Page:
Harpsichordist Roberto Loreggian now takes the back seat while lead violinist and director, Federico Guglielmo plays Platti’s Violin Concerto in A (I 18), his only surviving work for the genre. This again follows the same pattern as before, while early on, the tessitura of the solo part becomes quite extended at the top of the register. The ability of the violin to play soft and loud by degrees, unlike the harpsichord, does allow for an extra dynamic dimension, historically it looks back to the concerto grosso, rather than forward to the classical solo concerto. The slow movement is again marked Adagio, and, in Platti’s sensitive hands, truly emphasizes the violin’s eminently greater capability for sustained cantabile playing, and long, continuous lines, compared with the harpsichord. The CD booklet comments, too, on the fact that here the soloist is somewhat freed from the high-altitude playing seen elsewhere, while also including a lovely word to describe the filigree patterns of the first and second violins as they weave their accompaniment around the soloist in some episodes, namely the Italian word merletto – referring to ‘lace’. It’s also worth commenting that Platti sets this slow movement in the key of C major, the so-called mediant relationship favoured by Beethoven some years later. A bright and breezy Presto in a fast 3/8 metre provides the perfect end to a most enjoyable, and little-known violin concerto.
It’s back to the harpsichord for the final two works on this new release – the Harpsichord Concertos in F (I 52) and A (I 57) respectively. The F major Concerto opens with another of those bright and cheery Allegros, but the solo part includes more trills and embellishments than before, while also making a greater use of an Alberti bass, something that became par for the course in the early Classical period and beyond. Furthermore there is a more extensive reliance on the whole keyboard compass and a greater use of modulations in the solo part. The ensuing poignant slow movement, in the relative minor key, this time well-and-truly places the soloist in the limelight, with the string contribution being more by way of linking the extended solo passages, rather than providing an substantial accompaniment. The closing Finale is yet another of those sunny movements in triple time, although a fair amount of its almost five minutes seems to favour minor keys – perhaps another mixed Italian summer’s day, where the sun appears between the showers. The ending, when it finally comes, is quite abrupt, and somewhat unexpected, given what we’ve been treated to so far.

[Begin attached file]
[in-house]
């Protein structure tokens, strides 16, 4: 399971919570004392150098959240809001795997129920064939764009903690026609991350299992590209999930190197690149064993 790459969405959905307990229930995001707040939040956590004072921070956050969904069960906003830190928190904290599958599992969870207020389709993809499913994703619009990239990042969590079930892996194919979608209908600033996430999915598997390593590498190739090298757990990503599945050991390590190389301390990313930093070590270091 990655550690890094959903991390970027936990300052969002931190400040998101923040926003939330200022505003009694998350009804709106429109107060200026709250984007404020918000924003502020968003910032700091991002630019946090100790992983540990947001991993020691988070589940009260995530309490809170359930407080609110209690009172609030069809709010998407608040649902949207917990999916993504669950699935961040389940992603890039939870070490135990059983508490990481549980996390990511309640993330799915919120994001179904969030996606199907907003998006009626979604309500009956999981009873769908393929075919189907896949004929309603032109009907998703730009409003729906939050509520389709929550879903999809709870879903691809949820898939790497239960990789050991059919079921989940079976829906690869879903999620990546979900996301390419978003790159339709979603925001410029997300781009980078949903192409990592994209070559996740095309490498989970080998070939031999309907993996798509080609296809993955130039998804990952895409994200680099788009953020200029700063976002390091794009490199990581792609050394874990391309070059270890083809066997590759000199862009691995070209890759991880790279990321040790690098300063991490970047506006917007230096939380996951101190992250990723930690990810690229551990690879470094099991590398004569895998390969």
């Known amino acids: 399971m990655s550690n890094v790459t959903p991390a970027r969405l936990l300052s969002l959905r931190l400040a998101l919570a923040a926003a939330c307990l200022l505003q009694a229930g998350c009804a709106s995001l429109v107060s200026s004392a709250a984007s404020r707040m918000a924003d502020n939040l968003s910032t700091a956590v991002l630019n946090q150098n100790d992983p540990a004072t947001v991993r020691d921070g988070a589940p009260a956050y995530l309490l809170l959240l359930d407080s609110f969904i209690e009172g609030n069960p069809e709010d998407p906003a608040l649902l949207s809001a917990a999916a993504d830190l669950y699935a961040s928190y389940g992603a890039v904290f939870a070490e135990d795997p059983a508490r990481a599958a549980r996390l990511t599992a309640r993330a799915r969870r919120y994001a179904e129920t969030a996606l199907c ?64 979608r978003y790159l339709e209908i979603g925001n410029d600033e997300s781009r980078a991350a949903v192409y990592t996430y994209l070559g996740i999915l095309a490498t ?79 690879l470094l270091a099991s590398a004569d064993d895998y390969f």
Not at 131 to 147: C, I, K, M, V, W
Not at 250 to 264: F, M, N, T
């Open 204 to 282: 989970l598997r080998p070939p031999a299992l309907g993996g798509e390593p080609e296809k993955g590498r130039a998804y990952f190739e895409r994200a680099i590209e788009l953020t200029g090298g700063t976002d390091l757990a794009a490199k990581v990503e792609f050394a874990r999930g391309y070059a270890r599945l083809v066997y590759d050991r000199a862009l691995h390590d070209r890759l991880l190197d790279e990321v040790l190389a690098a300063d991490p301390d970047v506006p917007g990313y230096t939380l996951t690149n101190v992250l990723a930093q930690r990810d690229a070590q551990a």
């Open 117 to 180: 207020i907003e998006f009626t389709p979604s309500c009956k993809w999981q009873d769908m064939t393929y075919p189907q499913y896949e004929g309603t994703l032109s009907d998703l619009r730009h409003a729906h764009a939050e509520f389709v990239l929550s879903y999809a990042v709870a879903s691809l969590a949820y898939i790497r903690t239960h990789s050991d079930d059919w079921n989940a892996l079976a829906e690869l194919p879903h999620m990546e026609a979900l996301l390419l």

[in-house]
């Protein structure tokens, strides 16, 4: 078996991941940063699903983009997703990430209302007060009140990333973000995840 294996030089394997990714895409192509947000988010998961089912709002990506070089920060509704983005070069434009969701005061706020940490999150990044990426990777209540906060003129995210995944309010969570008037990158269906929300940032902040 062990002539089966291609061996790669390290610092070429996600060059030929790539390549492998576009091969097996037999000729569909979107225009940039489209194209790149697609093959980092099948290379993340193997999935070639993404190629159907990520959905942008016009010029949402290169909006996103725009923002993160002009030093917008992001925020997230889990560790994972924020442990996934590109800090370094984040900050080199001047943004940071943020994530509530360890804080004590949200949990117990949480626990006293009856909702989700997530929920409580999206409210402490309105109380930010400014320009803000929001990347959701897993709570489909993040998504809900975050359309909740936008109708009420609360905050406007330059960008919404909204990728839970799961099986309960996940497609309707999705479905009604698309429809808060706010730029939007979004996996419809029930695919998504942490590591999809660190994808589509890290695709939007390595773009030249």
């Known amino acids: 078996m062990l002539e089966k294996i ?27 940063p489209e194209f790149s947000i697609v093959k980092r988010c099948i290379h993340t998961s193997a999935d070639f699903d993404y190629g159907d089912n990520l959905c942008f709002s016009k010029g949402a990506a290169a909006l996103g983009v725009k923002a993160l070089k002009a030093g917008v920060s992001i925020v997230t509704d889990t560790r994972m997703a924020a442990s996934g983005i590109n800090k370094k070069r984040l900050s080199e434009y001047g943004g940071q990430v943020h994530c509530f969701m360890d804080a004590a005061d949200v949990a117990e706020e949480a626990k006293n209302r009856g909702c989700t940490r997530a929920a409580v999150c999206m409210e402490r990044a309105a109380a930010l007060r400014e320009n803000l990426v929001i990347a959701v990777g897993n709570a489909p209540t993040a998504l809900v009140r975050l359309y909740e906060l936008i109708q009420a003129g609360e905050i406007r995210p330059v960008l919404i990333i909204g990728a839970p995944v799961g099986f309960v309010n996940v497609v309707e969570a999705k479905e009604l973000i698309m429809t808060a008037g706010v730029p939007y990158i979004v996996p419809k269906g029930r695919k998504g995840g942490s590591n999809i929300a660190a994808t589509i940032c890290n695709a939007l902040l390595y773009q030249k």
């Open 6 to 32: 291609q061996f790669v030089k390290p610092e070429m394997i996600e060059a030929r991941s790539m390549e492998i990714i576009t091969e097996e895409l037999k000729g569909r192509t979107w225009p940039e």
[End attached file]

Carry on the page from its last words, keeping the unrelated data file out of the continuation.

The A major Concerto begins with a more stately opening ritornello, with a decidedly Handelian feel to it, while the slightly slower tempo allows for greater virtuosity from the soloist. For the slow movement, Platti keeps to the major mode, setting it in the dominant key of E major, which tends to limit its emotional depth, compared with its predecessor. The composer does, however, include a couple of short unaccompanied cadenzas along the way, and appears to enjoy embellishing and extending otherwise ordinary cadence points. The finale returns once more to the world of Handel and his contemporaries, with a suitably brisk perpetuum mobile-like movement, which offers many opportunities for solo display, and provides a thoroughly apt way to conclude this extremely captivating CD.
In terms of the performances from L’Arte dell’Arco, harpsichordist Roberto Loreggian, and lead violin / soloist Federico Guglielmo, I could ask for no more. The recording and balance are equally second to none, all combining to render this most desirable new CD a perfect vehicle either just for pure enjoyment, or as a means to gain a greater insight into the way the solo-concerto genre transitioned from the Baroque to the early Classical period.
Yes, Platti may not be a composer of ground-breaking proportions, but the quality of the playing lavished here on his concertos shows that everyone involved in any way with the production of this new release, clearly holds the composer in the highest esteem.
Philip R Buttall